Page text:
Damien: Geez. Does that palaver come with violin music in the background, like the Masters? Sorry I was a bit slow in responding, but after reading "unites all players, male and female," etc., I just threw up a little. Was that some sort of rip-off from the Gettysburg Address? Or off the Statue of Liberty? Look, you want to do something different and make it outdoors? First, not a regular-season game. If the Pens miss the playoffs because Sidney Crosby gets frostbite or the puck got lost in a snowbank, it will be absurd. How about using the All-Star Game, merely the most boring in sports, for the outside format? And how about make it river hockey? Use the whole field, 12 men per side, and make it a celebration of the sport. Use tube skates and magazines for shin pads. Have fun with the idea. Don't try to pretend this money-making operation is something about heritage. And no, I don't really know what palaver means, or whether I spelled it correctly.

Scott: I think you did spell palaver correctly because there is no "u" in it. Like "odor." Which leads me to your last comment. You must not have much regard for hockey players if you think playing one game outside, where it might be a bit more chilly or the playing conditions different, will mean the difference between making the playoffs and not. I think Crosby will be OK. He can afford to buy some of those nice thin winter gloves and an extra pair of long johns. As for the All-Star Game, I don't mind if they play it outside or in a tent or in a phone booth, given it is one of the most pointless exercises in sports. But you still haven't addressed what sticks in your craw about the idea of playing one of 1,230 regular-season games outdoors? Can this be any worse than the two games played in London on brand new ice at the start of the regular season? No. Yet, not many people fretted that the Anaheim Ducks might miss the playoffs because they had to eat deep fried carrots for a couple of days instead of having lattes in Imperial Beach. Come on, what really bugs you about this? Was it that night down on the waterfront where I schooled you with that toe drag, loop-de-loop move?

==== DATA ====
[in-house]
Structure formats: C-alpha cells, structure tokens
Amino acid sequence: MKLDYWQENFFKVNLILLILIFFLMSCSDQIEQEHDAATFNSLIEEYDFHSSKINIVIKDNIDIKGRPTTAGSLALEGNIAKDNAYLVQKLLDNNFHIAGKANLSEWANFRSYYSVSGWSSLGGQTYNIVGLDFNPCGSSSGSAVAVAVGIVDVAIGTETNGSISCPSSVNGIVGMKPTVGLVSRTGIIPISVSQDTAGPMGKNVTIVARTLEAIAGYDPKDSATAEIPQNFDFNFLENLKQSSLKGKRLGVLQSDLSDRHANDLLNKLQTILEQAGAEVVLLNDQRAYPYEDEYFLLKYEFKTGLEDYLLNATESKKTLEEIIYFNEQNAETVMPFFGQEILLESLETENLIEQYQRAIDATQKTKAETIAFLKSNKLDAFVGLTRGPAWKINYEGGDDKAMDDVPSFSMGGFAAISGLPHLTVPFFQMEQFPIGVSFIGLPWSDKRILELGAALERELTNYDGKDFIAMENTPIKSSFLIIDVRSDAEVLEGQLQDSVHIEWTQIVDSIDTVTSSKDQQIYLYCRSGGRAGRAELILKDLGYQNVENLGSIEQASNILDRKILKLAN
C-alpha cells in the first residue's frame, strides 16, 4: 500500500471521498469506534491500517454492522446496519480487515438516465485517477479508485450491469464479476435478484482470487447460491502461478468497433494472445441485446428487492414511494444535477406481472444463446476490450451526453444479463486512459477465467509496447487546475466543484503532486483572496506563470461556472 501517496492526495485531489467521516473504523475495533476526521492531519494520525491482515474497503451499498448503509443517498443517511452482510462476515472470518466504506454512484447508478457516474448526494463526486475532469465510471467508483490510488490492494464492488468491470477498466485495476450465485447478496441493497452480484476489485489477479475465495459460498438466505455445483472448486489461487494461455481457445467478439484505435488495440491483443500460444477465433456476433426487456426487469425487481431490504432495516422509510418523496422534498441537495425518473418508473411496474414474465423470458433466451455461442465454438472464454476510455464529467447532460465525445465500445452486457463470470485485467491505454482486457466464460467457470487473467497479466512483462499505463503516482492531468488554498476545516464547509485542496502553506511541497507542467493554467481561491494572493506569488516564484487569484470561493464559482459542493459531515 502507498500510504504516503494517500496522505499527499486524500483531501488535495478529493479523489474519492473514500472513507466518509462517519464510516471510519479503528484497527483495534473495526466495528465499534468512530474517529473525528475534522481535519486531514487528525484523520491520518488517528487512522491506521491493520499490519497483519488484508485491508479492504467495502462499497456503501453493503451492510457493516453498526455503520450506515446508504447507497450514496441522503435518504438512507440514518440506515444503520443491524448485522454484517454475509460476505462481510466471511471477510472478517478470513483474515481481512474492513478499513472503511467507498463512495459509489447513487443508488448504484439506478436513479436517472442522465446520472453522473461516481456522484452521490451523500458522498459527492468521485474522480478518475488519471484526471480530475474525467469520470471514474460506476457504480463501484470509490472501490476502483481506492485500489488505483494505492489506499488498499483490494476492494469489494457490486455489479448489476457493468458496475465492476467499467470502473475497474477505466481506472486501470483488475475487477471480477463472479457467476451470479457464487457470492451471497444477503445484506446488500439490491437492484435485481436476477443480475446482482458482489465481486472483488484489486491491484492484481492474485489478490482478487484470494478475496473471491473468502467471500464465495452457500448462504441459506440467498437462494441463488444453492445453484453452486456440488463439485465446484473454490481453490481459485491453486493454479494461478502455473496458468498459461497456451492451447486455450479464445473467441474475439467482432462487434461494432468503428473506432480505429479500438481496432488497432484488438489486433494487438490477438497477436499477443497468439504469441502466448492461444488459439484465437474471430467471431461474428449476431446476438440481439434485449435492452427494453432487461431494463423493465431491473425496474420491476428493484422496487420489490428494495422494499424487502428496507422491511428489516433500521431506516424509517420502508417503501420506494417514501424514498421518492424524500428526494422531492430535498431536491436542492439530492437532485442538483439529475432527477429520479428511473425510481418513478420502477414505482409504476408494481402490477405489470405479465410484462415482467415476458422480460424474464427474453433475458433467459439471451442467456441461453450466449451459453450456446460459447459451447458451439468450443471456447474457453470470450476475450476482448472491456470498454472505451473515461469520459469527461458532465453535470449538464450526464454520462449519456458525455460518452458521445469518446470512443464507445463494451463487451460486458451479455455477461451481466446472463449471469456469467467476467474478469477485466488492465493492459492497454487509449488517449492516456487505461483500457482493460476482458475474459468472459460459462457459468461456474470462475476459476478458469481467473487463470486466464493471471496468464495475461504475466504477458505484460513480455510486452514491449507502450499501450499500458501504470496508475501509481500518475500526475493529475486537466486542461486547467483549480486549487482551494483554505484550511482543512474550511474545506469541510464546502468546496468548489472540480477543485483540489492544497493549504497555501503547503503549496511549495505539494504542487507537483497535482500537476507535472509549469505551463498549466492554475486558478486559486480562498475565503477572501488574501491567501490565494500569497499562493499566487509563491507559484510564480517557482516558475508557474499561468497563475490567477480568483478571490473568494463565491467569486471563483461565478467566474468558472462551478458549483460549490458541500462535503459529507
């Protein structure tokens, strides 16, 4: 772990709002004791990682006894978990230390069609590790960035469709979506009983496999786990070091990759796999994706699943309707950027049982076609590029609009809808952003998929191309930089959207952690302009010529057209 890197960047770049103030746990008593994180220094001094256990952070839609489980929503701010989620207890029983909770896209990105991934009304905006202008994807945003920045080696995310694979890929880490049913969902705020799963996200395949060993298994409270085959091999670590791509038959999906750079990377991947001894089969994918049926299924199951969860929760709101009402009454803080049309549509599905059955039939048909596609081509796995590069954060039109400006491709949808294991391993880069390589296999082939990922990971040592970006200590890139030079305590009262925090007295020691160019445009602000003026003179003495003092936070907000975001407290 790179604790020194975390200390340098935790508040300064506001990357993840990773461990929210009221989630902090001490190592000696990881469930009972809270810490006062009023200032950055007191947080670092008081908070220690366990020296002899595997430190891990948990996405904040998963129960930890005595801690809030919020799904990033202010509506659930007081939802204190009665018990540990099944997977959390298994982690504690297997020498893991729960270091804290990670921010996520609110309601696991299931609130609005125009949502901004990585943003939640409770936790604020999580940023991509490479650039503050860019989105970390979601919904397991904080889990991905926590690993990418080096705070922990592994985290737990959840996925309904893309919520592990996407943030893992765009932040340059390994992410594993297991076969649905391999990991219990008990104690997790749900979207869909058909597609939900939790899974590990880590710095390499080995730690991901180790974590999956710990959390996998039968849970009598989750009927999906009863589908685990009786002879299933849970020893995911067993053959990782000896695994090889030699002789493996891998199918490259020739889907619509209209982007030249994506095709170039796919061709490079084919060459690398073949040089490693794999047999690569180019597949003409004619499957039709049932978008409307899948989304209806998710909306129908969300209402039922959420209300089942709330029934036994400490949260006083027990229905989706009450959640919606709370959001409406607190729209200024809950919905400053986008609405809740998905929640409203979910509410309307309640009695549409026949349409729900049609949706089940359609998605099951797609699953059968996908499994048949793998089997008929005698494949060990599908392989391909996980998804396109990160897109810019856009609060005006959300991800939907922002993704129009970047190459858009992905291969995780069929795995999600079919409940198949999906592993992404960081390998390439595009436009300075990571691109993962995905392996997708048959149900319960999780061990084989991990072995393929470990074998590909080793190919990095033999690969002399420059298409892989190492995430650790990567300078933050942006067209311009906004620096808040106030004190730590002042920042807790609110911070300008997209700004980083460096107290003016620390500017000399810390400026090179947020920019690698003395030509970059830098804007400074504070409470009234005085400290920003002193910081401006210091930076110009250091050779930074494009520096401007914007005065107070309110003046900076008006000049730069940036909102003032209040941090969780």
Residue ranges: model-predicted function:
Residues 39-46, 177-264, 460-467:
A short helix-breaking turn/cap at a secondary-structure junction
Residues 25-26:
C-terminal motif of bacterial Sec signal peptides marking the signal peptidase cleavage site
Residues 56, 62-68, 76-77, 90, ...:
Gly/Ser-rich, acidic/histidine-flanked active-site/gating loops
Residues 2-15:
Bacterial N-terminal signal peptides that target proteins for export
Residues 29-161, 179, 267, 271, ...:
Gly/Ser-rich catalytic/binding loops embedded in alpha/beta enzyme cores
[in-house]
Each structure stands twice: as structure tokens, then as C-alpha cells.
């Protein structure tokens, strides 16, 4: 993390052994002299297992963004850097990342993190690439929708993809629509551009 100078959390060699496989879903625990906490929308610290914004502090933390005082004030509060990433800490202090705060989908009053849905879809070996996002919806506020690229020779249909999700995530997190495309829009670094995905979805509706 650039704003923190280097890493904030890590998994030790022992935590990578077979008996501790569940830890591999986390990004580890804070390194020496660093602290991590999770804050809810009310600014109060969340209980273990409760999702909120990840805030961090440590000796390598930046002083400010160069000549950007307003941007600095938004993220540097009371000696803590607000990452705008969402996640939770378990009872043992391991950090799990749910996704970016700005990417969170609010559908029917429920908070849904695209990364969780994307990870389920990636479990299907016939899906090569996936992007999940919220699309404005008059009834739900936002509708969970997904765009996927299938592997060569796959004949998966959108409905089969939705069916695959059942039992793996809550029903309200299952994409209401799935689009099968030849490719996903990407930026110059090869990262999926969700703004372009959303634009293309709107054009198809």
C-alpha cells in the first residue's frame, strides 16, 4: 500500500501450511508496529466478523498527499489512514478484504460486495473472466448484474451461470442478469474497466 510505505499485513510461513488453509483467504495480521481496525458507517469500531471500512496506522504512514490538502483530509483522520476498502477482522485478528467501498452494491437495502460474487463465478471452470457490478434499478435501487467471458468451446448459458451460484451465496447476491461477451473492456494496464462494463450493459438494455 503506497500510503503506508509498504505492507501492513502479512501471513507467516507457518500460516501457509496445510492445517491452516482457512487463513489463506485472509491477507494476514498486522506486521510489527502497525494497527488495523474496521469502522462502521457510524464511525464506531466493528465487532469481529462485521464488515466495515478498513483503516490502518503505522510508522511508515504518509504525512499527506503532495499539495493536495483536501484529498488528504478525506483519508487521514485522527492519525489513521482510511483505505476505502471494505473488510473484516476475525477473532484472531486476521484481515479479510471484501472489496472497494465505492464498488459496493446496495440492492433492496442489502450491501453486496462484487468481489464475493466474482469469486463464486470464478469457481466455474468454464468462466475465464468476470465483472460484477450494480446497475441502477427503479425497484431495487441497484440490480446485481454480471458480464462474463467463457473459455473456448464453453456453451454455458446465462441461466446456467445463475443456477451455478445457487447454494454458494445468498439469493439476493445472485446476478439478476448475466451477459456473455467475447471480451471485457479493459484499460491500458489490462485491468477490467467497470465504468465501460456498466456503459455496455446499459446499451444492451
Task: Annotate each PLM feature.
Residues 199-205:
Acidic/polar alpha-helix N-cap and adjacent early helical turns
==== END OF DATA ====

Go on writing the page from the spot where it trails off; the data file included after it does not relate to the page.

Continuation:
Damien: It wasn't the toe drag that troubled me. It was the way your stick "accidentally" ended up leaving a sizable dent in my jock. Look, riddle me this, O Spirit of Sleeping Under the Christmas Tree Past. Would any other major sport do this? Would the NFL hold a playoff game in Chicago's United Center because it once held a championship game inside Chicago Stadium? Would baseball play on a corn field with James Earl Jones in the stands and let it count in the standings just to pretend it was a nod to history? Would basketball hold a contest on the pavement just to get a little street cred? Methinks not. Only the NHL, the league that let a TV network put a flaming tail on the puck, let this happen to a meaningful regular-season game.